Shared universes baby. That’s where all the real action these days. What began with Marvel, was an idea that movie characters could exist in the same space and eventually cross over in one massive film. It’s an idea that various other movie studios have tried to emulate, often stumbling and falling flat on their faces as they’ve rushed to get their worlds out of the gate.
And then there’s Valiant Comics, who are taking a different approach to that idea. Smaller, but possibly even more focused than their competition, Valiant is bringing their library of heroes to screens all across the globe with an online series called Ninjak Vs. The Valiant Universe. Speaking of, here’s a trailer for it:
The six part series will star Michael “Arrow” Rowe as the deadly ninja, tangling with the likes of characters such as Bloodshot, Eternal Warrior, Archer and Armstrong, XO Manowar, Livewire and Shadowman. Add Valiant’s independent control over the series and the talent behind the Superhero Beatdowns from Bat In The Sun, and you’ve got a project that has a totally different feel and vibe to it compared to mainstream hero movies that have hundreds of millions of dollars of cash on the line.
But Ninjak Vs. The Valiant Universe isn’t taking inspiration from those films. Instead, it’s influenced by the Saturday morning hero cartoons that we all grew up with. “That really doesn’t exist anymore,” Valiant CEO and chief creative officer Dinesh Shamdasani said to io9 of the move to make a digital shared universe.
So we looked at the space and found that digital is where that demographic will go for today’s generation.
Valiant is taking a gamble here, but it’s the kind of risk that has some serious reward attached to it. Completely self-funded, Ninjak Vs. The Valiant Universe is a very serious first step into conquering the online space that bigger studios such as Disney and Warner Bros. have pretty much ignored. And with that risk, comes the freedom to create a new universe that is free of any meddling.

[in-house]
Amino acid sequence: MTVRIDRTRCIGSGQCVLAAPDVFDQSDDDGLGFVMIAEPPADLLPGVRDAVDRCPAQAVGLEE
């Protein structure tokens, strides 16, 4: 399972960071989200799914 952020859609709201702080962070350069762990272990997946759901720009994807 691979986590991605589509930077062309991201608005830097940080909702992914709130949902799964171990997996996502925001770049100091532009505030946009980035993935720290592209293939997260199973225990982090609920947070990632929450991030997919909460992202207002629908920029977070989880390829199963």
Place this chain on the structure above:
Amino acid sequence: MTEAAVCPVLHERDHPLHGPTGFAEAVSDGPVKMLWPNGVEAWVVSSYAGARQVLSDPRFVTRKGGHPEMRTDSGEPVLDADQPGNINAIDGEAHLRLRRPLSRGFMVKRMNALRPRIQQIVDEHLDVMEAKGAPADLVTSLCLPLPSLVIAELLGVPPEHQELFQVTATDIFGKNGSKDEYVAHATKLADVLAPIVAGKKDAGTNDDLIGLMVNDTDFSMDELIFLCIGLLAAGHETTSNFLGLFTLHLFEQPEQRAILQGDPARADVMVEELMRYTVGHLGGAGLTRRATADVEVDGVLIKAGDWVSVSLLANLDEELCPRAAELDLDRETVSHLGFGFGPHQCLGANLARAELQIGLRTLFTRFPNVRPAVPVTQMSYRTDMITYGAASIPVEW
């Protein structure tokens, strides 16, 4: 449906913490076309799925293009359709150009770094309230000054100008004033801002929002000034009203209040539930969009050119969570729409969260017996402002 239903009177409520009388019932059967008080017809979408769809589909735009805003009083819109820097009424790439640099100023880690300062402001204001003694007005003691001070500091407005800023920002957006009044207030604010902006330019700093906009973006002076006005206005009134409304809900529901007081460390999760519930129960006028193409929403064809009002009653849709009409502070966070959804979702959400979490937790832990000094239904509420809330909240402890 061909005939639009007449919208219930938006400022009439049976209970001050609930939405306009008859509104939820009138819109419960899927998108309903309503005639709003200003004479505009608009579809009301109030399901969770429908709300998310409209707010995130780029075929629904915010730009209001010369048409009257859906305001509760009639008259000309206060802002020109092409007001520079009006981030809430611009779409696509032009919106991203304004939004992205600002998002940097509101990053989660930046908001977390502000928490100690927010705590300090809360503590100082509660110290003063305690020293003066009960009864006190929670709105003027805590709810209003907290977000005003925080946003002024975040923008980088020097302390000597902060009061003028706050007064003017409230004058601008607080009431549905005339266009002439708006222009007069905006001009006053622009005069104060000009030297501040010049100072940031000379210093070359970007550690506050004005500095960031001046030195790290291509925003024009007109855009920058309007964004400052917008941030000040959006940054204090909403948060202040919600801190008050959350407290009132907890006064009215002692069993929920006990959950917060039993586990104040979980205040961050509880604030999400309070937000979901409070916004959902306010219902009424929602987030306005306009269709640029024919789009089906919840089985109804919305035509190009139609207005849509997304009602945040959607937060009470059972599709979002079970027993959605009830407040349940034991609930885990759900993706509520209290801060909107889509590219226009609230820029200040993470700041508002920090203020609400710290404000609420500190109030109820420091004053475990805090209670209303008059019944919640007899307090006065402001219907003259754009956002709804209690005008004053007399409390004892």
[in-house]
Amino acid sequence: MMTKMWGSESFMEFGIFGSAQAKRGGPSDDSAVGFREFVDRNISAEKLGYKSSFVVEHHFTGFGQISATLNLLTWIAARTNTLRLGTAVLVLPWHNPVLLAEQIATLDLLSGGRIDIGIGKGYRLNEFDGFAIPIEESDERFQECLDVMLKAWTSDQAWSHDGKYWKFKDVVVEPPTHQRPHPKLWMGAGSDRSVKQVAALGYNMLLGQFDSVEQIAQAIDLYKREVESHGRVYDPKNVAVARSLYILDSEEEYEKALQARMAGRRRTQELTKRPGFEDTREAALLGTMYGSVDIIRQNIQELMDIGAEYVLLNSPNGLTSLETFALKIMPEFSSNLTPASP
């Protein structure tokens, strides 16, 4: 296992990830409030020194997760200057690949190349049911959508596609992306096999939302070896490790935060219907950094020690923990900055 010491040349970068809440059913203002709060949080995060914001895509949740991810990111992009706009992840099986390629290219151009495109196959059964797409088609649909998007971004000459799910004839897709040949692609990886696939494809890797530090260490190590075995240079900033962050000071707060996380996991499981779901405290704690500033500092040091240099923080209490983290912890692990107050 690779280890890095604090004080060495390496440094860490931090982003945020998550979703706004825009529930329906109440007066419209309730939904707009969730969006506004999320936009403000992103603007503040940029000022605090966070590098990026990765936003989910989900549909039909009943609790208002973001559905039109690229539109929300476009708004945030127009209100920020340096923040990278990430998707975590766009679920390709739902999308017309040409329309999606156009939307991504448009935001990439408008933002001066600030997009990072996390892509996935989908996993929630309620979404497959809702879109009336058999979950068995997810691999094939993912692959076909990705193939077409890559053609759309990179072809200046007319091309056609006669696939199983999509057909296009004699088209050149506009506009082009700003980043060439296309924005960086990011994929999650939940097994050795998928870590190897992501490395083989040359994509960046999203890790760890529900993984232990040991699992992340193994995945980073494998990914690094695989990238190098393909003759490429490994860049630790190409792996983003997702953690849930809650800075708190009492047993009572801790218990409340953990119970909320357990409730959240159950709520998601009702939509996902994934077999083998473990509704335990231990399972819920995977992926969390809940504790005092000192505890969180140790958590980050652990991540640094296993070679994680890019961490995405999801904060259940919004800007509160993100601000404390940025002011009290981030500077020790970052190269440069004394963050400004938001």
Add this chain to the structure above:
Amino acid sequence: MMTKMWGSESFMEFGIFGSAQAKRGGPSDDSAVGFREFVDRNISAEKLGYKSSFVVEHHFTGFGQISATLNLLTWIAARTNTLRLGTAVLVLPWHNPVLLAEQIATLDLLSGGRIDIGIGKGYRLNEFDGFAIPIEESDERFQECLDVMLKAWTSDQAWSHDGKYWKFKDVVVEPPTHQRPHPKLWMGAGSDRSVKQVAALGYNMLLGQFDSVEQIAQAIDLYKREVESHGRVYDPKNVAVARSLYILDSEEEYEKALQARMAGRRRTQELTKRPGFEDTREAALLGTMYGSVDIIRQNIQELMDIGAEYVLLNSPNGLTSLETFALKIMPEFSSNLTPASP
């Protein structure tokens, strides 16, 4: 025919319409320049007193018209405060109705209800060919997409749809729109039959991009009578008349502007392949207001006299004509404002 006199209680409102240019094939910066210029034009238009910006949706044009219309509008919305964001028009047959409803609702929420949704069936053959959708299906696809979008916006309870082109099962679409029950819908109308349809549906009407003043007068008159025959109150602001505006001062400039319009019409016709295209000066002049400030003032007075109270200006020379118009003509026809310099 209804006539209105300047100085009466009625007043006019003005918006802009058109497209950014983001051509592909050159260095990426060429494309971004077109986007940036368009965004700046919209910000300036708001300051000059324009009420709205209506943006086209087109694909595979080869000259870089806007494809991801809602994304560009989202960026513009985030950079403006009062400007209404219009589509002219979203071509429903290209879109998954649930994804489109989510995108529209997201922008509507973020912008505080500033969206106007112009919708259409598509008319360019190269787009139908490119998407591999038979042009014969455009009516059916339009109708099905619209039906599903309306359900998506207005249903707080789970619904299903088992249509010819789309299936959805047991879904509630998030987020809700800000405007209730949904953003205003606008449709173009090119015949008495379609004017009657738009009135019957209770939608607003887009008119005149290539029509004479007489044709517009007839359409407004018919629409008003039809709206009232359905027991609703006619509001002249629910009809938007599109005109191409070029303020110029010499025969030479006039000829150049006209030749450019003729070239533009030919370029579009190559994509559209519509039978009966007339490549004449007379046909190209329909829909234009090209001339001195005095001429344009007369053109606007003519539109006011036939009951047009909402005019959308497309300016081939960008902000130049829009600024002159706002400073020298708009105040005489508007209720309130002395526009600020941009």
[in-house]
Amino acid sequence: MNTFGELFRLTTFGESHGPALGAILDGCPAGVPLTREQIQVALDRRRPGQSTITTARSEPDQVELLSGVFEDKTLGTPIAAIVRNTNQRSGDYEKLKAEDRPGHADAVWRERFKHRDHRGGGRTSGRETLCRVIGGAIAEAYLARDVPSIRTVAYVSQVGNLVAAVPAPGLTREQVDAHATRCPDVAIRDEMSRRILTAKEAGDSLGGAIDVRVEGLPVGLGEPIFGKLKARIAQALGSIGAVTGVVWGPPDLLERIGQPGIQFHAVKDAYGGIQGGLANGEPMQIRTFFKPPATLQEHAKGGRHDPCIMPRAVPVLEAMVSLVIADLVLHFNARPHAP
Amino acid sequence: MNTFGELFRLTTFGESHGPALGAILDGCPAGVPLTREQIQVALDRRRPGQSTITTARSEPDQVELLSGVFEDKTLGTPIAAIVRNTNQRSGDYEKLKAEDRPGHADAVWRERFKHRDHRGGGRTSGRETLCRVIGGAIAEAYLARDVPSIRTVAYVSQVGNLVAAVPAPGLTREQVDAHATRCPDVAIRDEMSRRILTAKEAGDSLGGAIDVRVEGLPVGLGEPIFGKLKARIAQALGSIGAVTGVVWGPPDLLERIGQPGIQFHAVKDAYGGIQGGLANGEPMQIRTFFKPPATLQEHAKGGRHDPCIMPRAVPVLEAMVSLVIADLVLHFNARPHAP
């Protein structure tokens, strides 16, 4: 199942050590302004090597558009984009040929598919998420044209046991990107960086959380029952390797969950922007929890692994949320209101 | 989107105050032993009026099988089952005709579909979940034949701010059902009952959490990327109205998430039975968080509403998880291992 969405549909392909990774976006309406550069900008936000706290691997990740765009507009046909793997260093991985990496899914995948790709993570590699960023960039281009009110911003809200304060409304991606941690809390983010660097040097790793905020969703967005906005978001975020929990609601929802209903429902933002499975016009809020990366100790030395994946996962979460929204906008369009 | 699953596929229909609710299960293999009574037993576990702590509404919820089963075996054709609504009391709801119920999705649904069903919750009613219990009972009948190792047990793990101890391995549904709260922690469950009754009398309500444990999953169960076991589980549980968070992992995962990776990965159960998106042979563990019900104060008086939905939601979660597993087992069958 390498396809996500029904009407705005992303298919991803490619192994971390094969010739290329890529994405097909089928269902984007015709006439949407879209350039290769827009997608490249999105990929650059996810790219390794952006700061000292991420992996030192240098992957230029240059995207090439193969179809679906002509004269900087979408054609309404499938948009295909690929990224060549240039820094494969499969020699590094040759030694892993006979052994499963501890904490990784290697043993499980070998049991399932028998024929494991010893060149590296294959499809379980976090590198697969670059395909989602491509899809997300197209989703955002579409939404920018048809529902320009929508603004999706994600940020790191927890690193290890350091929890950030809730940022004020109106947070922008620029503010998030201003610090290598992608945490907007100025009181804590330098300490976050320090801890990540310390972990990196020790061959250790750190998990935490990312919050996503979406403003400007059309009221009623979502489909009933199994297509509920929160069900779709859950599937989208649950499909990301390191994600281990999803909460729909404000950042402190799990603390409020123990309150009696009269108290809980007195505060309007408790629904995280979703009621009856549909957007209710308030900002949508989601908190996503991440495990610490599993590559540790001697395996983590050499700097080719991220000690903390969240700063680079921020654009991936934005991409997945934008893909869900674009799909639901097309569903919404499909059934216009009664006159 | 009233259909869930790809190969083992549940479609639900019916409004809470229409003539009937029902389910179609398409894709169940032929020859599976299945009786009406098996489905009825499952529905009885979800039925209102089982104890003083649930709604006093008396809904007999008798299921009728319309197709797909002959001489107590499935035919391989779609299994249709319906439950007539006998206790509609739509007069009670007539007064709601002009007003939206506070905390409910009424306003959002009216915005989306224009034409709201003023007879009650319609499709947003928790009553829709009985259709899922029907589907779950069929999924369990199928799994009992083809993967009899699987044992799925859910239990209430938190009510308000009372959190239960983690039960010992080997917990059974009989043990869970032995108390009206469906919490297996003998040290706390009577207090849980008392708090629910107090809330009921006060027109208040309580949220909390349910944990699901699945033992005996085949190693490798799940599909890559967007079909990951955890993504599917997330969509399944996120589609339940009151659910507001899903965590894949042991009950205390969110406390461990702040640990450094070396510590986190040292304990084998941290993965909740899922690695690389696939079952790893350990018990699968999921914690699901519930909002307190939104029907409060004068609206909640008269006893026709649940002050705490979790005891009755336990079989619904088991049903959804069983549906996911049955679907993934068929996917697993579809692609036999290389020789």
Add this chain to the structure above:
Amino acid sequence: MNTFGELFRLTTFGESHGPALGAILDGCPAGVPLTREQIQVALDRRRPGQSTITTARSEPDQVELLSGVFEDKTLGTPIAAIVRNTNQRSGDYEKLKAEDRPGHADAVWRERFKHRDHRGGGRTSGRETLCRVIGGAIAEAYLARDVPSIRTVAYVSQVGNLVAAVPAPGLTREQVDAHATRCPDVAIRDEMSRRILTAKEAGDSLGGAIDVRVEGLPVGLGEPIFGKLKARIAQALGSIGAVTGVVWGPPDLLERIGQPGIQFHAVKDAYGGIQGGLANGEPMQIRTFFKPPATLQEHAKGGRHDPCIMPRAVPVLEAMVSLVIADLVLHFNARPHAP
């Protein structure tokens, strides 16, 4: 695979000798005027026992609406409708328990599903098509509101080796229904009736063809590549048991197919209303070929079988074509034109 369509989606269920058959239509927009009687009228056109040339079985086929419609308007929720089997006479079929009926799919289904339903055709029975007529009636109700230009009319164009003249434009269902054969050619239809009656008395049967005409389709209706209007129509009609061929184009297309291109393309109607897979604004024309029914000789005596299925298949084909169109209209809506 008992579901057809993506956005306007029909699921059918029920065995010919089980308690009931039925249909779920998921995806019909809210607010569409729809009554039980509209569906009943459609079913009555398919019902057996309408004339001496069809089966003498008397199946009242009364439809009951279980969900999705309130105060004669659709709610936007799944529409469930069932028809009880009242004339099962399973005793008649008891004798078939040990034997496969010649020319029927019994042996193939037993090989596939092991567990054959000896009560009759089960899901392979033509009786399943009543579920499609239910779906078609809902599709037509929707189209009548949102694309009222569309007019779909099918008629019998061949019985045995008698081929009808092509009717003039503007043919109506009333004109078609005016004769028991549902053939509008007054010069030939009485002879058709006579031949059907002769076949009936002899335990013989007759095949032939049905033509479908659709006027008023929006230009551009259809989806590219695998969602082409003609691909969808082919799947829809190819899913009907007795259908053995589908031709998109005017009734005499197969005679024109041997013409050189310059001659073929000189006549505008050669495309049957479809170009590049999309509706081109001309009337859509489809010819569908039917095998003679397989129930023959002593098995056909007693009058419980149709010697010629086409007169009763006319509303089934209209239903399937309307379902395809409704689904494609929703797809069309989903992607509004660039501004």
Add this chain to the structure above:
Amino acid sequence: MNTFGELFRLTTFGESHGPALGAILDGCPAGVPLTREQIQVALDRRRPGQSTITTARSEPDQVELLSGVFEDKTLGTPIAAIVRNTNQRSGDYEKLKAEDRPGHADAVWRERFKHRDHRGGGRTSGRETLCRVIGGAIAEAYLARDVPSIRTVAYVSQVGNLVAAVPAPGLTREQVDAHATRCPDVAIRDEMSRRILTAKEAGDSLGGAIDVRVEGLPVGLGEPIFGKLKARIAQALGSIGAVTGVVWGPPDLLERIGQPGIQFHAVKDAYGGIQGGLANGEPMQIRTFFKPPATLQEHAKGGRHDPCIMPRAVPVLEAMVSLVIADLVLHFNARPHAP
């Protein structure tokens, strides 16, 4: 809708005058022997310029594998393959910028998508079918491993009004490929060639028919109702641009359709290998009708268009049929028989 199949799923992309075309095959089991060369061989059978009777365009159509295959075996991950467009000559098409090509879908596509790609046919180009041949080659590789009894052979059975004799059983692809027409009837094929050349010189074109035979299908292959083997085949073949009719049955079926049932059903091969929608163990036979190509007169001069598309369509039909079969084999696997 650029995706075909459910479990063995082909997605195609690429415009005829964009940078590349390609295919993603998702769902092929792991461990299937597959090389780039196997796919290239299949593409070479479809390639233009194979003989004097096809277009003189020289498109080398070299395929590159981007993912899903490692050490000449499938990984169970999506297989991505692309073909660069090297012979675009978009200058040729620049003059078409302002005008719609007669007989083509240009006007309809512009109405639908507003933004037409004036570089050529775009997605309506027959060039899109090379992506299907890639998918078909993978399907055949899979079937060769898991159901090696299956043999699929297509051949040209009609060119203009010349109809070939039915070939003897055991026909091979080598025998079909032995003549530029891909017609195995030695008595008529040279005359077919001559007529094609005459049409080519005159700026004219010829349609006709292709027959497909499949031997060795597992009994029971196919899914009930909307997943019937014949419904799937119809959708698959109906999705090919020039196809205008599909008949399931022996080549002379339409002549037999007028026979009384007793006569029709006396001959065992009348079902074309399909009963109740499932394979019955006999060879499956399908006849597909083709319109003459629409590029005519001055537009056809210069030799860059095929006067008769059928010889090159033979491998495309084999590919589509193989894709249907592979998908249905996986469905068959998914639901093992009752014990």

“The way this production is set up, you don’t have to answer to studios,” Ninjak actor Michael Rowe explained.
The CEO is actually on set with us, finding the heart of these scenes, talking through the story and we all come out the other end feeling really good about it because we know we’ve found the grit and the grime and the truth in these scenes. It’s so refreshing. On a bigger budget thing, you get certain liberties but you also get a hell of a lot of constraints. So I feel like the shackles are off a little bit on this.
“Our hope is much larger in scale and scope and ambition than anyone’s done online,” Shamdasani added when asked about the Marvel and DC competition.
We’re essentially trying to do a Netflix original series, or a CW show, that’s digital exclusive.
The best way to fight Marvel and DC is to not fight Marvel and DC. With Marvel you’re talking 20 years of successful movies with only a few failures. That’s the best track record in the history of cinema. So they’re able to do Civil War. We can’t just jump to that. We have to take the same baby steps that Marvel took and each time [present] quality.
And that co-existence isn’t a bad idea at all. That’s because according to Shamdasani, Marvel and DC bring variety to the superhero genre. Something that Valiant is aiming for, as their own series feature a distinct look and feel that sets them apart from the big two. “Where other companies have tried to come into the space and failed is because they’ve tried to imitate one of the existing tones,” Shamdasani said.
We were very lucky the founding fathers of Valiant were geniuses. They all came from Marvel and DC, knew those characters inside and out and understood with the next incarnation of the genre is, and that’s what Valiant is. We’ve put a tremendous effort into the narrative scope of the show. You fall in love with the characters, you understand their plight, there’s pathos, and there are questions being asked that will hopefully bring people back again and again.
Ninjak vs. The Valiant Universe is very much an indie superhero film with an insane amount of passion fuelling it. Or as Ninjak himself out it:
We’re punk rocking the sh!t out of this.
It’s risky as hell and I can’t wait to see more of it when it debuts next year.
Last Updated: October 11, 2016